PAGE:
The nanoparticles produced were then used by the researchers to treat larval Culex quinquefasciatus, a species of mosquitos found in sub-tropical regions which is similar to the malaria mosquito in its transmission mechanism. The nanoparticles were observed to have significant larvicidal effect on the mosquito.

The study indicates the great potential of phytosynthetic methods to produce cheap and effective insecticides. By using plants indigenous to the tropical areas where malaria is most prevalent, the insecticidal measures of prevention can be made more accessible to the people. The use of waste products of coconut in the process is considerably cost-effective and eco-friendly.

Although the implementation of these innovative techniques may be some way in the future, ingenuity in research offers promising new horizons for a better, healthier world. To borrow Einstein’s words, it is time our technology caught up with our humanity.

– Atifah Safi

Sources: WHO 1, WHO 2, Science Direct
Photo: Flickr

For a variety of reasons, China has become known for its “interactiveness” with the global south. This “interactiveness” has included construction projects, student scholarships, and sending  doctors.

Recently, China began to fund five research centers in Africa and the global south in order to increase collaboration between Chinese and African scientists. The topics of focus for the scientists will include the climate, water, environmentally friendly technology, biotechnology, and space technology.

Using the Chinese Academy of Sciences (CAS), $6.5 million will be distributed to the research centers over the course of the next three years. These funds will work to improve China’s soft power in the global south by conducting joint research projects between the CAS and the research centers.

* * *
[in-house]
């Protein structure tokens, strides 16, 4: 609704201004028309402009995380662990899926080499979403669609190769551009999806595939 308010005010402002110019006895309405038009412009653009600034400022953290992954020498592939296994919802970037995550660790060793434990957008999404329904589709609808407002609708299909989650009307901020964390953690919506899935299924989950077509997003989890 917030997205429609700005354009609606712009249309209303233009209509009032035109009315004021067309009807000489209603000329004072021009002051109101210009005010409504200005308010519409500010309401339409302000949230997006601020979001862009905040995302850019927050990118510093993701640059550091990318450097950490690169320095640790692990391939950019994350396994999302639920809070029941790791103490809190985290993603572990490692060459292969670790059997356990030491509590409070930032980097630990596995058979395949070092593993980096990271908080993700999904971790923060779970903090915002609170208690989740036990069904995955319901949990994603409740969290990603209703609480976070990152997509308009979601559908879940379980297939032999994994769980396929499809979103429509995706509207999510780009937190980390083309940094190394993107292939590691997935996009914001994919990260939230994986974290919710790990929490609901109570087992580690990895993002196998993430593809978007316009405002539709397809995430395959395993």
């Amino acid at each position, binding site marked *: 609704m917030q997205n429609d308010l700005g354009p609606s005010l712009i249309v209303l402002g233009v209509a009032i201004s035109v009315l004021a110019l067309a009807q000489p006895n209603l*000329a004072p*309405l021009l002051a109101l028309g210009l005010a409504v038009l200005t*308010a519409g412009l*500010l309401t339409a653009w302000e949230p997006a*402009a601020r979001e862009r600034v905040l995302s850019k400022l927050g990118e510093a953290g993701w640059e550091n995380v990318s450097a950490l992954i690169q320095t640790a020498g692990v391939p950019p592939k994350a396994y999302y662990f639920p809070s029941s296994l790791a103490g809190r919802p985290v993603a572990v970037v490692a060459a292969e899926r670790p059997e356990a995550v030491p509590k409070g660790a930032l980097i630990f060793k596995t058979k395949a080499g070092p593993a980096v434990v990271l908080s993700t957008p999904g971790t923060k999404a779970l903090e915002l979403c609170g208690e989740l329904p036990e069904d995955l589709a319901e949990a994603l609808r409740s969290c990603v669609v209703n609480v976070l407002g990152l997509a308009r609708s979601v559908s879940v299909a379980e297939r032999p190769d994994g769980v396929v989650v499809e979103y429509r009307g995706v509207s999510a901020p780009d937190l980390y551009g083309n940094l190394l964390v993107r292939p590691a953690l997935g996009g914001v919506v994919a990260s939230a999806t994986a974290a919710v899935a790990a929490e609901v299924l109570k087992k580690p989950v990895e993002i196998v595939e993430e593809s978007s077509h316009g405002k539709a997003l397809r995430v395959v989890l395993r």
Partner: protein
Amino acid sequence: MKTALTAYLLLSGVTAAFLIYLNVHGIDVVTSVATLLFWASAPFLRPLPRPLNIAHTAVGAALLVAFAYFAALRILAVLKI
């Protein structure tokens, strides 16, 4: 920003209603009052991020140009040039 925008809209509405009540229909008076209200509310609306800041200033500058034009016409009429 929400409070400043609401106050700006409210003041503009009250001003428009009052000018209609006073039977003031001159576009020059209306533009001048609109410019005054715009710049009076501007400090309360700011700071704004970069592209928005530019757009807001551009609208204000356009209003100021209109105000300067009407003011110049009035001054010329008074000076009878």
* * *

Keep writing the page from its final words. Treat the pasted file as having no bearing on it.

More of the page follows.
Currently, there is a CAS network known as The World Academy of Sciences (TWAS) that will also benefit from this Chinese outreach to the global south. Along with the research projects, the funding will also provide for an increase in workshops, training, and PhD programs.

According to Salim Abdool Karim, director of the Centre for the AIDS Programme of Research in South Africa and a TWAS member, “The five centers will play an important role in global scientific collaboration by increasing South-South training opportunities.”

This collaboration is expected to increase climate change research. Yongqiang Liu, a research meteorologist at the USDA Forest Service’s Center for Forest Disturbance Science sees it as a good way to “prepare future leaders to lead climate change research for developing countries.”

Action through research investment should improve China’s image in the world. Currently, China stands at 50% favorable and 36% unfavorable among populaces from around the world. Comparably, the US was seen as favorable by 63%, and unfavorable by 30%. More specifically, when people were asked if they thought China considered their country’s interests, 27% thought a great deal with 63% saying either not too much or not at all.

There is still a great deal of room for China to improve its international appeal. By working with developing nations to improve research in sustainable technology and other important sciences, China can build off the work of TWAS and foster support from citizens in these countries.

Once the three years comes to an end, the education and collaboration should improve the environmental technology sector, as well as build the capacity for a future scientific community with various projects and goals. If successful, this move may be beneficial in regards to China’s popularity as well.

– Michael Carney
Sources: SciDev.Net, Pew Global